IN RECENT developments across Wales, concerns have arisen over the use of reinforced autoclaved aerated concrete (RAAC) in various buildings. RAAC, a lightweight concrete material widely employed in construction between the 1950s and the mid-1990s, has raised alarm due to its potential for sudden failure as it ages and its limited lifespan.
The situation escalated in August when Withybush Hospital in Haverfordwest declared a major incident after discovering RAAC within its structure. This material issue extended to schools on Anglesey, where Ysgol David Hughes in Menai Bridge and Ysgol Uwchradd Caergybi in Holyhead closed temporarily due to concrete concerns. Ysgol David Hughes partially reopened on September 7 for selected year groups, while Ysgol Uwchradd Caergybi shifted to online learning for all students.
Additionally, St. David’s Hall, a prominent theater and music venue in Cardiff, was reported to contain RAAC in its ceiling. Cardiff Council reassured the public that the venue had undergone regular inspections over the past year, with no signs of deterioration in the RAAC present.
Furthermore, Bryn y Neuadd Hospital in Llanfairfechan had to close its catering department due to potential issues with the concrete. The Betsi Cadwaladr University Health Board relocated the canteen within the hospital grounds as a precaution.
To gauge the extent of this concern across Wales, ongoing investigations aim to provide comprehensive results within two weeks. The Health and Safety Executive emphasized the critical nature of the issue, noting that RAAC could “collapse with little or no notice.”
RAAC’s lightweight properties, resulting from aerated bubbles within the material, are the root of safety risks. Moisture can infiltrate these bubbles, causing the concrete to sag and ultimately fail. RAAC’s vulnerability to deterioration over time makes it imperative for buildings constructed between the 1950s and 1990s, without structural assessments, to be thoroughly examined.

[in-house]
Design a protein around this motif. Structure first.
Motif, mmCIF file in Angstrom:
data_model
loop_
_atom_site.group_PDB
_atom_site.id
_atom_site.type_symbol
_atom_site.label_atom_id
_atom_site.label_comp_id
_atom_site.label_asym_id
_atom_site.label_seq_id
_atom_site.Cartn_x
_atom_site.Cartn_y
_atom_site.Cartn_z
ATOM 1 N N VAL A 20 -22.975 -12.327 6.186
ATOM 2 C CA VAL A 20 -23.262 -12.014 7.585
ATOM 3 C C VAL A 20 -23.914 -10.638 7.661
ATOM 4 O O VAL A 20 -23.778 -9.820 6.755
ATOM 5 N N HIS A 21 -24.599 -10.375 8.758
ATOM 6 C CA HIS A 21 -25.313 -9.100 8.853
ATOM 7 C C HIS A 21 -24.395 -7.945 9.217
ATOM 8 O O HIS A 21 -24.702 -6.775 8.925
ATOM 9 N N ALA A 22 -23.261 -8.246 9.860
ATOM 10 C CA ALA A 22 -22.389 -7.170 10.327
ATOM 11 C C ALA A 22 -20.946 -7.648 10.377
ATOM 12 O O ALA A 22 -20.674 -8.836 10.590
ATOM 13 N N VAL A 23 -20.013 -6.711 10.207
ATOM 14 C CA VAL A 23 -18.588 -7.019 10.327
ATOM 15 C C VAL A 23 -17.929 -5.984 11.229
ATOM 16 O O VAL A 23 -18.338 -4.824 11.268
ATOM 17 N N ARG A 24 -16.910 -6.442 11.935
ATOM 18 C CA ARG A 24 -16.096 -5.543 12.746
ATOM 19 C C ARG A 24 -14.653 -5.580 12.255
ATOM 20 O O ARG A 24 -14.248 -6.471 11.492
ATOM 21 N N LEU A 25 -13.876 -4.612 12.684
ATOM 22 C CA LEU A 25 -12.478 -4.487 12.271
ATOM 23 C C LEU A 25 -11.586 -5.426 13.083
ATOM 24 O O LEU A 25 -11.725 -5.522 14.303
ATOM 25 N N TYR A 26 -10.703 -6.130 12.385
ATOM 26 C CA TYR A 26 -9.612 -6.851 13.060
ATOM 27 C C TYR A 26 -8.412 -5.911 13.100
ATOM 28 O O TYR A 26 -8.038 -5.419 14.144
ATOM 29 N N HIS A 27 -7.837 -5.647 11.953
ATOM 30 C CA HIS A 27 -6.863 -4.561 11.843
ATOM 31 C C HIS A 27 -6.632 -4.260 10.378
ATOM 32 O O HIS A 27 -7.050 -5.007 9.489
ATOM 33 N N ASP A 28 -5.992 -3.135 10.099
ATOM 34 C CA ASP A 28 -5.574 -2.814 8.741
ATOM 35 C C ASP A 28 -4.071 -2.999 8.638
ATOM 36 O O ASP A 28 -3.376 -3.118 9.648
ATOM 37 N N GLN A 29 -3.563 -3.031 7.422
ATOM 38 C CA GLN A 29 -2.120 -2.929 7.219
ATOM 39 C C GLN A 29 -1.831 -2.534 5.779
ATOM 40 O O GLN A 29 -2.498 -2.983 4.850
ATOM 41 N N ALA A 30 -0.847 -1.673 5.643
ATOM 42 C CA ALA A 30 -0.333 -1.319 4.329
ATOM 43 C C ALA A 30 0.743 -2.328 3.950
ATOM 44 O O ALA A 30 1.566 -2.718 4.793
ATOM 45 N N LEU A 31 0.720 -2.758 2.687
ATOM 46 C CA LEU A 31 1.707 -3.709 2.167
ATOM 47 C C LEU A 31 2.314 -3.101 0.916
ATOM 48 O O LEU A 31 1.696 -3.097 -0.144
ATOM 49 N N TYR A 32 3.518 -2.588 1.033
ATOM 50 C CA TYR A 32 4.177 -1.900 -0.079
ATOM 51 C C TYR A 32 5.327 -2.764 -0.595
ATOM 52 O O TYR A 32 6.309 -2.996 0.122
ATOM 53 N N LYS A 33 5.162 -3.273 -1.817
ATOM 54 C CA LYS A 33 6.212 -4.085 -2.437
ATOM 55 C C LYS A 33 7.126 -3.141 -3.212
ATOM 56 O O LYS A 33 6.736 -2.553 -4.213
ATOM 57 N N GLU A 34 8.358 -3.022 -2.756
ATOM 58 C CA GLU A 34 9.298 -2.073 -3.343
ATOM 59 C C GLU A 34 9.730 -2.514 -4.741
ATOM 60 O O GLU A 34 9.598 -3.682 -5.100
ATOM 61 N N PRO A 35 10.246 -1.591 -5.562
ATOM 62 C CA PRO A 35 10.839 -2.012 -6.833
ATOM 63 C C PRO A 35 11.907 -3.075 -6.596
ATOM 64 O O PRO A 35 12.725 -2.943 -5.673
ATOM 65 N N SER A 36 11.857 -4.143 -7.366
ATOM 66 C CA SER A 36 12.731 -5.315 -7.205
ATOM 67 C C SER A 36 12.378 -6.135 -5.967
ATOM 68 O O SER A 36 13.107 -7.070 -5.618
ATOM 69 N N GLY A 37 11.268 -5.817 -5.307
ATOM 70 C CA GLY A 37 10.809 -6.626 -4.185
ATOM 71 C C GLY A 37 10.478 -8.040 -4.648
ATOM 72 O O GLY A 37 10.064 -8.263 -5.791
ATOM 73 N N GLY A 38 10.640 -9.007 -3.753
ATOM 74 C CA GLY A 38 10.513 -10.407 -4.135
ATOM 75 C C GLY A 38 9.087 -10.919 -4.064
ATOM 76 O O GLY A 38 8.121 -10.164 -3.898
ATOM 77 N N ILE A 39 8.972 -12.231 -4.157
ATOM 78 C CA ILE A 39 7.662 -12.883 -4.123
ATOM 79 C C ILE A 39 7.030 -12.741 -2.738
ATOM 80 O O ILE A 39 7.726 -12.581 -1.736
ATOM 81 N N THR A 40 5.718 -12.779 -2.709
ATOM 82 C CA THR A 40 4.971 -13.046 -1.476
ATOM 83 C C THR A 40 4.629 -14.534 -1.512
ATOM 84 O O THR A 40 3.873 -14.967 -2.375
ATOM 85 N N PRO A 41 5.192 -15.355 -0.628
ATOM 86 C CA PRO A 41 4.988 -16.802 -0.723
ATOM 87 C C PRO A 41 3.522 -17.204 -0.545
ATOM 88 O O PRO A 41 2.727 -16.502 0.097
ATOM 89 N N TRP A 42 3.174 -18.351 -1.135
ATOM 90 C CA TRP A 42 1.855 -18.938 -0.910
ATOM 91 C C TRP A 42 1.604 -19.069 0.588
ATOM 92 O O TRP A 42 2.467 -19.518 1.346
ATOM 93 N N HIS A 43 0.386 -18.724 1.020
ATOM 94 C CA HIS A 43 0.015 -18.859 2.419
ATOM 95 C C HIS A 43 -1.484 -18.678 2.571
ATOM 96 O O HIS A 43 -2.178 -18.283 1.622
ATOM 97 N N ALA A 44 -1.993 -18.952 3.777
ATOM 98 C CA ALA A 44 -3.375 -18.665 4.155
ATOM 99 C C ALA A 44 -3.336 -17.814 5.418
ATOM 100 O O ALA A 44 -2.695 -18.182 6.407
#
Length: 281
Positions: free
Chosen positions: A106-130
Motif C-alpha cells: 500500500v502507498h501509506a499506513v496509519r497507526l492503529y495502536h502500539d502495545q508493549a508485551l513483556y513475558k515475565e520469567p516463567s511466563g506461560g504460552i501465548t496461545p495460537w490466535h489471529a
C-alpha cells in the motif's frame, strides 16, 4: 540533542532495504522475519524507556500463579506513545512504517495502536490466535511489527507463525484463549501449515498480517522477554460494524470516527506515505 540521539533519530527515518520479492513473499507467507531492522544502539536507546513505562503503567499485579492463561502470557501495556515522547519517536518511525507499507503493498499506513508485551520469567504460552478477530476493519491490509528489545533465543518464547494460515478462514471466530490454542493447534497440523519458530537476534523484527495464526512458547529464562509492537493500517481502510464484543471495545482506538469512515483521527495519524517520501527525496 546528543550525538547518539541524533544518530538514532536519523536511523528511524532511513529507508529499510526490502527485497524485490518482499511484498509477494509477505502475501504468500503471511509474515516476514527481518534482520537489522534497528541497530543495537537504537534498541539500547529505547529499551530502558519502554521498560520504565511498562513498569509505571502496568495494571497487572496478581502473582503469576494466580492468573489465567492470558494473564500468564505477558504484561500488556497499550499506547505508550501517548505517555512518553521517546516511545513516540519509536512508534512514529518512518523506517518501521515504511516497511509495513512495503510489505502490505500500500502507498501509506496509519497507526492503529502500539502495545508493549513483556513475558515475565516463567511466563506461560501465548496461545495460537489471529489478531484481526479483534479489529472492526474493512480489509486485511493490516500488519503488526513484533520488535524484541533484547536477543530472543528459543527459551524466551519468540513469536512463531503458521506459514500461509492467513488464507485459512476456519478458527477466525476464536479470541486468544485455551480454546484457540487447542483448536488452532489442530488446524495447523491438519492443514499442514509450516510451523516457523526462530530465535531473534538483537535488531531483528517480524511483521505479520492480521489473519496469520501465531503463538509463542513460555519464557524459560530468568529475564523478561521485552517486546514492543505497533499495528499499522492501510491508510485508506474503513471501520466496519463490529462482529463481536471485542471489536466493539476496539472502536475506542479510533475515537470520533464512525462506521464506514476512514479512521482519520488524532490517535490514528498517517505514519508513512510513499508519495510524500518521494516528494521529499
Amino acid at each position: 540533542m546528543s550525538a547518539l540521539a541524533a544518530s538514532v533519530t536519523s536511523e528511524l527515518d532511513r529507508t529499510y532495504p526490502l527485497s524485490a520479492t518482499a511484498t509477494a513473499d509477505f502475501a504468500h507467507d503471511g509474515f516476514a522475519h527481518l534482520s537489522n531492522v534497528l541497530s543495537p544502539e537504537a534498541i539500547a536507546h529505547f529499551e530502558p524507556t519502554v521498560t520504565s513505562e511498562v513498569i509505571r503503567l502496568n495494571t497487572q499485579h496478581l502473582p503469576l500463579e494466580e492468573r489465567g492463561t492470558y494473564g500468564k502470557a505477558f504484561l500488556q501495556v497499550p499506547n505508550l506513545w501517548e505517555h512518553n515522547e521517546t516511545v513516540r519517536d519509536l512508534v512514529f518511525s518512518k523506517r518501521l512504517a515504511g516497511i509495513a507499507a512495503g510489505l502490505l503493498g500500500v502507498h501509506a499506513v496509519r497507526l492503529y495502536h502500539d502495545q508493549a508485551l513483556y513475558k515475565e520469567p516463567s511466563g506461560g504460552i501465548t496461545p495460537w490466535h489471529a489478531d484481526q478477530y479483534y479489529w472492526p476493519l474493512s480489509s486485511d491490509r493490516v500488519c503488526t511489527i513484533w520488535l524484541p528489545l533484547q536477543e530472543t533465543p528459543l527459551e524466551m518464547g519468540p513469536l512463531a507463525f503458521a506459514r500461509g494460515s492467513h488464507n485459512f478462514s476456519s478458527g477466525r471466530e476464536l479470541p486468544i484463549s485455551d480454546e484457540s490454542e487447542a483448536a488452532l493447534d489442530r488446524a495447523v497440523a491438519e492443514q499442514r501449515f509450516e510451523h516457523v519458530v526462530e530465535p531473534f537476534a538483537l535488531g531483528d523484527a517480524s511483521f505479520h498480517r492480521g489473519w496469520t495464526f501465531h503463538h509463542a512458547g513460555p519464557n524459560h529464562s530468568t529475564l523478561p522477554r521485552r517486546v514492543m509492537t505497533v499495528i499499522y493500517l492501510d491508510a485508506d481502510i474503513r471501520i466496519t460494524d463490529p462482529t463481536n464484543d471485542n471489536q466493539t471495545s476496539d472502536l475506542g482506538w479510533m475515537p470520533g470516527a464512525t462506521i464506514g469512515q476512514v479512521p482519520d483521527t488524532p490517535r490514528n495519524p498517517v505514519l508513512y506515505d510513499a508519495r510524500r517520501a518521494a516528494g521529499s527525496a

Dave Sayce, a property expert, warned that RAAC failures often occur without warning signs, such as cracks or crumbling. Buildings with RAAC are also susceptible to collapse when exposed to moisture, which may result from roof leaks.
He also recommended residents of buildings constructed during this period to consider getting a survey to identify potential RAAC usage based on the material’s characteristics.
RAAC can be found in schools, hospitals, and various other structures. It was also used in social housing from the 1950s to the 1970s. Dave Sayce recommended residents of buildings constructed during this period to consider getting a survey to identify potential RAAC usage based on the material’s characteristics.
The Welsh Government has been collaborating with the UK Government and devolved governments since 2018 to manage RAAC-related issues. The Welsh Local Government Association raised awareness among local authorities in February 2020, following a safety alert issued by the Standing Committee on Structural Safety in 2019. In response, the UK Government’s Office of Government Property issued a ‘Safety Briefing Notice,’ emphasizing the life-expired and collapsing nature of RAAC.
In May of this year, the Welsh Government initiated a condition and energy survey of state-funded schools and colleges to identify structures suspected of containing RAAC for specialised structural inspections. However, until recently, the guidance on RAAC management did not result in school closures.
In July 2023, the UK Cabinet Office established the Cross-Government Reinforced Autoclaved Aerated Concrete (RAAC) Working Group. The Welsh Government became involved in August, but no new evidence regarding RAAC risks emerged during their meetings.
On August 31, 2023, the UK Government issued new guidance concerning RAAC in educational settings. This followed summer incidents that raised concerns about RAAC safety. The Welsh Government was informed verbally on September 1 and later received incomplete written evidence. This new evidence prompted a potential shift in RAAC safety approaches and health and safety management.
The Welsh Government promptly contacted all local authorities in Wales, and the investigation continues. To date, one hospital, two schools, and a Cardiff venue have been identified as having RAAC, with further assessments ongoing to ensure public safety.